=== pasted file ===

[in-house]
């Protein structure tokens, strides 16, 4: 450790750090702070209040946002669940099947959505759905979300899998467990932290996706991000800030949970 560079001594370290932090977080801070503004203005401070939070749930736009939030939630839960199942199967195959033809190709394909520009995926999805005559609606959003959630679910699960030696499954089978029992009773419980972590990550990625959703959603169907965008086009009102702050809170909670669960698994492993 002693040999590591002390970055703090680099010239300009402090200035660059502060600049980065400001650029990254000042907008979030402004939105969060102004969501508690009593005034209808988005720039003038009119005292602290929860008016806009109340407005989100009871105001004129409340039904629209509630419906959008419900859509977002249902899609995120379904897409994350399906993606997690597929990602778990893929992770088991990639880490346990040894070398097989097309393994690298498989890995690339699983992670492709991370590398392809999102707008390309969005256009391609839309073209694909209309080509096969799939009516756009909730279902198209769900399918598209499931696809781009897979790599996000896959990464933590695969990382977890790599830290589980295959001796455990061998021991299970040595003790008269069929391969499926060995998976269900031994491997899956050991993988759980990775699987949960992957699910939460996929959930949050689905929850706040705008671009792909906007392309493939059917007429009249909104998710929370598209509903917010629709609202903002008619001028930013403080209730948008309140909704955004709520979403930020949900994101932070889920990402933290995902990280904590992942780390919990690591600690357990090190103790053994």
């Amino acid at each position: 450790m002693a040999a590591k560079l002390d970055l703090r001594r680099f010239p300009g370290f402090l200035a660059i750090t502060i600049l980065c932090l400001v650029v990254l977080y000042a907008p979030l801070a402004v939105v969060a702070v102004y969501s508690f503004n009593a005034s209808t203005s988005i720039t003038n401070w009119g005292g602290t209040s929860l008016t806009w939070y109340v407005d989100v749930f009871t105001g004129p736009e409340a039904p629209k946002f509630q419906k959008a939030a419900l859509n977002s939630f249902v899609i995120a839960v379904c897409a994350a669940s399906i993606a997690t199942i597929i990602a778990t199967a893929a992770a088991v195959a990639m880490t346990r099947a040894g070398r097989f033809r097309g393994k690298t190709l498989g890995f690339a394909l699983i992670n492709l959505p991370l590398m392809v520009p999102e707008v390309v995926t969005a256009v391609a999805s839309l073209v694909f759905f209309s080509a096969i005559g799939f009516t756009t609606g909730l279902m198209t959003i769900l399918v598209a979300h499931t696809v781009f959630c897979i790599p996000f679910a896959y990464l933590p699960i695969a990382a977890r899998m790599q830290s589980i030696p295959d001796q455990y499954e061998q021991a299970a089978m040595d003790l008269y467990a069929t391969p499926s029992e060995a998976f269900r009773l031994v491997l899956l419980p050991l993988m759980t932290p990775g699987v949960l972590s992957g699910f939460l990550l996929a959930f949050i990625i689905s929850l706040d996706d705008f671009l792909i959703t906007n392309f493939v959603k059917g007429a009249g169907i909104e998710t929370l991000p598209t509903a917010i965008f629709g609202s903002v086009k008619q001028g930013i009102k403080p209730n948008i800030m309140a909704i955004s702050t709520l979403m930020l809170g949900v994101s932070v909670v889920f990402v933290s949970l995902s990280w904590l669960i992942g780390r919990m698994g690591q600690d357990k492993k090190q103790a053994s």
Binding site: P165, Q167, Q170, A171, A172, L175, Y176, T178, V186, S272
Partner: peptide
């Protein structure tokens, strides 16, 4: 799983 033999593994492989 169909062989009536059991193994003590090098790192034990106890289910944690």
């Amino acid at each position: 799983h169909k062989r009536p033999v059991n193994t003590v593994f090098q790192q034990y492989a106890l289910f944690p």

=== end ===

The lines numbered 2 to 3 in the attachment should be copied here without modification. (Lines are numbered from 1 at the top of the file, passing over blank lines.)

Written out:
């Protein structure tokens, strides 16, 4: 450790750090702070209040946002669940099947959505759905979300899998467990932290996706991000800030949970 560079001594370290932090977080801070503004203005401070939070749930736009939030939630839960199942199967195959033809190709394909520009995926999805005559609606959003959630679910699960030696499954089978029992009773419980972590990550990625959703959603169907965008086009009102702050809170909670669960698994492993 002693040999590591002390970055703090680099010239300009402090200035660059502060600049980065400001650029990254000042907008979030402004939105969060102004969501508690009593005034209808988005720039003038009119005292602290929860008016806009109340407005989100009871105001004129409340039904629209509630419906959008419900859509977002249902899609995120379904897409994350399906993606997690597929990602778990893929992770088991990639880490346990040894070398097989097309393994690298498989890995690339699983992670492709991370590398392809999102707008390309969005256009391609839309073209694909209309080509096969799939009516756009909730279902198209769900399918598209499931696809781009897979790599996000896959990464933590695969990382977890790599830290589980295959001796455990061998021991299970040595003790008269069929391969499926060995998976269900031994491997899956050991993988759980990775699987949960992957699910939460996929959930949050689905929850706040705008671009792909906007392309493939059917007429009249909104998710929370598209509903917010629709609202903002008619001028930013403080209730948008309140909704955004709520979403930020949900994101932070889920990402933290995902990280904590992942780390919990690591600690357990090190103790053994």
């Amino acid at each position: 450790m002693a040999a590591k560079l002390d970055l703090r001594r680099f010239p300009g370290f402090l200035a660059i750090t502060i600049l980065c932090l400001v650029v990254l977080y000042a907008p979030l801070a402004v939105v969060a702070v102004y969501s508690f503004n009593a005034s209808t203005s988005i720039t003038n401070w009119g005292g602290t209040s929860l008016t806009w939070y109340v407005d989100v749930f009871t105001g004129p736009e409340a039904p629209k946002f509630q419906k959008a939030a419900l859509n977002s939630f249902v899609i995120a839960v379904c897409a994350a669940s399906i993606a997690t199942i597929i990602a778990t199967a893929a992770a088991v195959a990639m880490t346990r099947a040894g070398r097989f033809r097309g393994k690298t190709l498989g890995f690339a394909l699983i992670n492709l959505p991370l590398m392809v520009p999102e707008v390309v995926t969005a256009v391609a999805s839309l073209v694909f759905f209309s080509a096969i005559g799939f009516t756009t609606g909730l279902m198209t959003i769900l399918v598209a979300h499931t696809v781009f959630c897979i790599p996000f679910a896959y990464l933590p699960i695969a990382a977890r899998m790599q830290s589980i030696p295959d001796q455990y499954e061998q021991a299970a089978m040595d003790l008269y467990a069929t391969p499926s029992e060995a998976f269900r009773l031994v491997l899956l419980p050991l993988m759980t932290p990775g699987v949960l972590s992957g699910f939460l990550l996929a959930f949050i990625i689905s929850l706040d996706d705008f671009l792909i959703t906007n392309f493939v959603k059917g007429a009249g169907i909104e998710t929370l991000p598209t509903a917010i965008f629709g609202s903002v086009k008619q001028g930013i009102k403080p209730n948008i800030m309140a909704i955004s702050t709520l979403m930020l809170g949900v994101s932070v909670v889920f990402v933290s949970l995902s990280w904590l669960i992942g780390r919990m698994g690591q600690d357990k492993k090190q103790a053994s």